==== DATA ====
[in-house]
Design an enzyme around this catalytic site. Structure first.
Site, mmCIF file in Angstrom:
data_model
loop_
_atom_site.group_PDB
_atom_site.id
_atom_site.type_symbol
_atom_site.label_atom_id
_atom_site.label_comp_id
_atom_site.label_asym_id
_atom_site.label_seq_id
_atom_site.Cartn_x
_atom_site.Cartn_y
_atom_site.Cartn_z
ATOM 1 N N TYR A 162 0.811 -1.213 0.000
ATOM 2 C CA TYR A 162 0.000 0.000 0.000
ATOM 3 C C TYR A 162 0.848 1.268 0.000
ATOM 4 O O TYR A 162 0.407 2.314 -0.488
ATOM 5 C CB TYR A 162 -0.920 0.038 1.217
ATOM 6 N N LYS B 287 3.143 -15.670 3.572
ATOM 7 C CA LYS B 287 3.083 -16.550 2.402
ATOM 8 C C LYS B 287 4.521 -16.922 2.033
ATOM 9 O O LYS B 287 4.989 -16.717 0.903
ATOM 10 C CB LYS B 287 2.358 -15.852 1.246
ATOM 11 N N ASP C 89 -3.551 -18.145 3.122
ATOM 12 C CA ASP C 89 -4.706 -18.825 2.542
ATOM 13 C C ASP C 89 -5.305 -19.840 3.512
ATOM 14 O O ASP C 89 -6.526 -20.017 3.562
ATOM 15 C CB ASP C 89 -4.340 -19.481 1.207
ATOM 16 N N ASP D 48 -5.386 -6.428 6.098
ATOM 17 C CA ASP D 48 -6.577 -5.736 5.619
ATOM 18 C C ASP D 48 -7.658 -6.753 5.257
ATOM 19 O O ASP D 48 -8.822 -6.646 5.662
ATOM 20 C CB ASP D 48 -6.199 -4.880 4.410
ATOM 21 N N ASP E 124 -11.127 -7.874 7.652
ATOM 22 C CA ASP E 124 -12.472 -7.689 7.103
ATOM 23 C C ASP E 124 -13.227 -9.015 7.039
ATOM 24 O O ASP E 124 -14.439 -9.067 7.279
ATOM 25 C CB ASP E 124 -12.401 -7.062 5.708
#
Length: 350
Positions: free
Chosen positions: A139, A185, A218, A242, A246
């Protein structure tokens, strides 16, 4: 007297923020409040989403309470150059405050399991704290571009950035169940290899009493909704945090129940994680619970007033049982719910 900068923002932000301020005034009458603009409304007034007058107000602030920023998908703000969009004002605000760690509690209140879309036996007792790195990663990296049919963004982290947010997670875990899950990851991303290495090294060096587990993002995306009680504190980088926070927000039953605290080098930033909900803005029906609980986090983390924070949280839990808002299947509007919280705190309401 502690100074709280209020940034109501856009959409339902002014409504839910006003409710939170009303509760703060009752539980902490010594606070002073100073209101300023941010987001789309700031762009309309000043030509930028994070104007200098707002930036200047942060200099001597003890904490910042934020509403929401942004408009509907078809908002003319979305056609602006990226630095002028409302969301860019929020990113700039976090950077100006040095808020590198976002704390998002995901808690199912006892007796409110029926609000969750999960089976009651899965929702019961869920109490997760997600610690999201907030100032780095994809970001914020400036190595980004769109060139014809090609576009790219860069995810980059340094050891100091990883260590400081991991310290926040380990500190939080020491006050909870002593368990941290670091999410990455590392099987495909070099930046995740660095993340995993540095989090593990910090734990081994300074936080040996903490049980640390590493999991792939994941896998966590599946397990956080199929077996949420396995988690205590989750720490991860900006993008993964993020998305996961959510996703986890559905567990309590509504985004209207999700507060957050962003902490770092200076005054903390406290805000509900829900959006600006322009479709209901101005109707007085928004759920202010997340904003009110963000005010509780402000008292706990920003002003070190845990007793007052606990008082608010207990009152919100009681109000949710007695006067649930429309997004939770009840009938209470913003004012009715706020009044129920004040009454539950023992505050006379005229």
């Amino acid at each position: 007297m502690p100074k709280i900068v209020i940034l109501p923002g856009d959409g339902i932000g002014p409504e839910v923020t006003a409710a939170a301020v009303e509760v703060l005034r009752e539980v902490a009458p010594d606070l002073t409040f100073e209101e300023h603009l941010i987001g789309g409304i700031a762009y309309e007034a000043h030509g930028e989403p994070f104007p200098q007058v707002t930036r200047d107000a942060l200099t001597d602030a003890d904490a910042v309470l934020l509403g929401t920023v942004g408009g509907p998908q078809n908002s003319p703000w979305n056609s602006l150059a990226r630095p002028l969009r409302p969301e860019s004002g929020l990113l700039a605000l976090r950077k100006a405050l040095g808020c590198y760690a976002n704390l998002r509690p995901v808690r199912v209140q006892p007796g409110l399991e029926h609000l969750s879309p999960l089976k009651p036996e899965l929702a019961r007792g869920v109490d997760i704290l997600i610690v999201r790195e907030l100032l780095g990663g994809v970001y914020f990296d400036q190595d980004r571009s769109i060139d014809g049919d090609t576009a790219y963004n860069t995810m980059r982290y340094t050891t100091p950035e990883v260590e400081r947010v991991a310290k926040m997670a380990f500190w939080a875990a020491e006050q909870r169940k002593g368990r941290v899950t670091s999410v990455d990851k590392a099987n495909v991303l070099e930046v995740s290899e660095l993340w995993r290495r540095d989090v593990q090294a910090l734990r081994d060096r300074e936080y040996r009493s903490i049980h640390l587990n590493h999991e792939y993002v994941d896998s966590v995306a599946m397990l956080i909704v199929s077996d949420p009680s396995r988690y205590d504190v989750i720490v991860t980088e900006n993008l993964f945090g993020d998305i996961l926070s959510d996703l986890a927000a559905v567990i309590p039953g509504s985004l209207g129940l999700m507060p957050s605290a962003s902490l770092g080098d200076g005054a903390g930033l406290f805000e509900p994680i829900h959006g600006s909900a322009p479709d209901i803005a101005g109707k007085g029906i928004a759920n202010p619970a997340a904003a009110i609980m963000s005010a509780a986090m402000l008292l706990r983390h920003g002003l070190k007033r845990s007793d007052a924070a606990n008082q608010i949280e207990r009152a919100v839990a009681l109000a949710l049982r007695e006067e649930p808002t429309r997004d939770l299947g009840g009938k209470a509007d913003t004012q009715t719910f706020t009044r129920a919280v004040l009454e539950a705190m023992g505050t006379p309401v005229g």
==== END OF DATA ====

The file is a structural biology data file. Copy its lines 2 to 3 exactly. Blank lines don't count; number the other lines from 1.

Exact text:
Design an enzyme around this catalytic site. Structure first.
Site, mmCIF file in Angstrom: